Additionally, being able to run as fast as moving vehicles for sustained periods of time, or running for great distances have very obvious benefits. Faster reflexes come into their own in close quarter combat, where our super soldier might have to fight more than one opponent simultaneously.
Being very strong seems to be an obvious choice, but doesn’t have any immediately obvious application. After all, modern warfare doesn’t involve wielding a huge axe, shield or sword! But it does involve lugging around large ordnance, supplies and ammunition, maybe even righting an upturned vehicle, or surviving the collapse of a surrounding building.
Those improvements alone would almost entirely negate the need for body armor, since our super soldier would have the mental wherewithal and physical prowess to avoid and evade such situations.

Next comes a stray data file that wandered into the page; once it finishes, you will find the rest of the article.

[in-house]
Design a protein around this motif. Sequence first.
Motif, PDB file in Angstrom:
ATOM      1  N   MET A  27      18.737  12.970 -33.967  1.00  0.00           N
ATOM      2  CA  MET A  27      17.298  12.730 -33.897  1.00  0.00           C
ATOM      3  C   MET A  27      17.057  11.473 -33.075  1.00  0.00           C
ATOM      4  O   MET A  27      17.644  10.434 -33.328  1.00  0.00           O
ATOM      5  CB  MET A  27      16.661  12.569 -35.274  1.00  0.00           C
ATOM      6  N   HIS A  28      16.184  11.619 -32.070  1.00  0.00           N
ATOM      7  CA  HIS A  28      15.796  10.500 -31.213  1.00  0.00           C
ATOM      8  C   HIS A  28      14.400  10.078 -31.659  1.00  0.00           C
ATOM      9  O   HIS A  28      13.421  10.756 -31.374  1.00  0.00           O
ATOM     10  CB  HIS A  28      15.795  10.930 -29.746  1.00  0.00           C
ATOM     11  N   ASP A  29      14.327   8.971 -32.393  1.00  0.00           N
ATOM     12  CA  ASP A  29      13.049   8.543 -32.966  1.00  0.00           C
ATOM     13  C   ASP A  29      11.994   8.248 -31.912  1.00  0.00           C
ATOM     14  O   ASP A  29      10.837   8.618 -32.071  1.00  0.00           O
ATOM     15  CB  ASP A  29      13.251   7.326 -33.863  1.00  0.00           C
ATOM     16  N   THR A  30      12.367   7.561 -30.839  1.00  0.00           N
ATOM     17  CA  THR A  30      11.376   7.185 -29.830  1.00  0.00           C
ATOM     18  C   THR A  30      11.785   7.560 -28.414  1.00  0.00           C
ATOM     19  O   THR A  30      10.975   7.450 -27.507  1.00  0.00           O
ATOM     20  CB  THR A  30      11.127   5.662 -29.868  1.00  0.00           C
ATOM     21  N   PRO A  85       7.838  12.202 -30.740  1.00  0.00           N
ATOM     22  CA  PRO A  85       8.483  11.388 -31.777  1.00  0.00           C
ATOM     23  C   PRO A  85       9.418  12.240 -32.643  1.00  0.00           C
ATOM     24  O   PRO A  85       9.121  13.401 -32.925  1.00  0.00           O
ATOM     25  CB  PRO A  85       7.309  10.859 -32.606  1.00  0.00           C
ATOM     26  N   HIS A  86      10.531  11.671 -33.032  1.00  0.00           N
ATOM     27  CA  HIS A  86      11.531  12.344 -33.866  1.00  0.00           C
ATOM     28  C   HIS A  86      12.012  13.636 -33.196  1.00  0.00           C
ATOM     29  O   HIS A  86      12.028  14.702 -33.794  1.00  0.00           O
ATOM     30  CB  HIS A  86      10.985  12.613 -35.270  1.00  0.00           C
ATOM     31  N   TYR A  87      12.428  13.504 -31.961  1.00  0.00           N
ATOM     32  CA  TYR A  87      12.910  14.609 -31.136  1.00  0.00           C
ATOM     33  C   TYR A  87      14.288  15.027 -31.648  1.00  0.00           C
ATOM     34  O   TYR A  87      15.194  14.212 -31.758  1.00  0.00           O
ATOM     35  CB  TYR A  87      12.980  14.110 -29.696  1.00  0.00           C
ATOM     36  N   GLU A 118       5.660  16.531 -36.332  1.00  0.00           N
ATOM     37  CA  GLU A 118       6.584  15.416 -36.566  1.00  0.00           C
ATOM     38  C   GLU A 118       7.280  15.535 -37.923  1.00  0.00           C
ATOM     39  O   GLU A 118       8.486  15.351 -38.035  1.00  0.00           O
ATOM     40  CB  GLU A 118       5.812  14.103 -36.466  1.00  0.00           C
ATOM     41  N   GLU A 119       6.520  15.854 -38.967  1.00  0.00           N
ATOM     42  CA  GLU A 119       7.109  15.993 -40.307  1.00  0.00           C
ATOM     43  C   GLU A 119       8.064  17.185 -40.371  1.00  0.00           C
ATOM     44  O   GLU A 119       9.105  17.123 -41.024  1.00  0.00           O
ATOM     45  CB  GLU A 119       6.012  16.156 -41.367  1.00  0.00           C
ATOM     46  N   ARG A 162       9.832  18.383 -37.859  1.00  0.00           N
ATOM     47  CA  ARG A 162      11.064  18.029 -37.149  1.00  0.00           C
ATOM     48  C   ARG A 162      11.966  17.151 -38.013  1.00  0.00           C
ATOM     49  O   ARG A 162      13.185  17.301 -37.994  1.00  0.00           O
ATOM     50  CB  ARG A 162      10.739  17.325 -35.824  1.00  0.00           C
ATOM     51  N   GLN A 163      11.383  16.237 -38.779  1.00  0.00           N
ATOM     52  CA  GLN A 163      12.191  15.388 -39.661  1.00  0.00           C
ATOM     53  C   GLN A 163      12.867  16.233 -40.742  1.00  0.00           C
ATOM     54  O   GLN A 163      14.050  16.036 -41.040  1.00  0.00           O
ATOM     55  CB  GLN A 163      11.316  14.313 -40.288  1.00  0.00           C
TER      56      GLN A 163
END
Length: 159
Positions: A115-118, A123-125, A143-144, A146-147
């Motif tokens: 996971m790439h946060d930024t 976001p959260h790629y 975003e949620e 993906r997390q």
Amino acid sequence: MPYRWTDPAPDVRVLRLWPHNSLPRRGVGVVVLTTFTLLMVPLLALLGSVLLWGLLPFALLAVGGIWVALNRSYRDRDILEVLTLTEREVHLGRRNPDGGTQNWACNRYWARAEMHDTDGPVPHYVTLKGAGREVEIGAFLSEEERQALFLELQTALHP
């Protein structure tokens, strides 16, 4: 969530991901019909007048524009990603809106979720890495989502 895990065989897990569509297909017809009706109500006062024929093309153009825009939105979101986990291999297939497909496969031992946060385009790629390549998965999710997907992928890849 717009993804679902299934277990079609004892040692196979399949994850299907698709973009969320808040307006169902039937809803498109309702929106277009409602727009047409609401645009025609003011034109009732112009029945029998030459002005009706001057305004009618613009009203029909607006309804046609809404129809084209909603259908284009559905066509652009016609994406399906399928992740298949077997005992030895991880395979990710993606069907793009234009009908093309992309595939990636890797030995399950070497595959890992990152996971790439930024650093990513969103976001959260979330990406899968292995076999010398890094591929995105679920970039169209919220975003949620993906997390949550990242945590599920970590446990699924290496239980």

But just in case our super soldier was caught by a well-aimed bullet or a stray piece of shrapnel, might it be better to have them to have their armour on the inside? Thanks to Paramylodon Harlani, otherwise known as the now extinct Giant Ground Sloth, we could make use of a very unusual mammalian evolutionary adaptation called dermal ossicles:
“A strange anatomical feature of some ground sloths was the presence of dermal ossicles, or small nodules of bone, which formed in the skin, under the fur. Found frequently in reptiles, these ossicles are extremely rare in mammals. In modern mammals, similar structures are only seen in the armadillos.”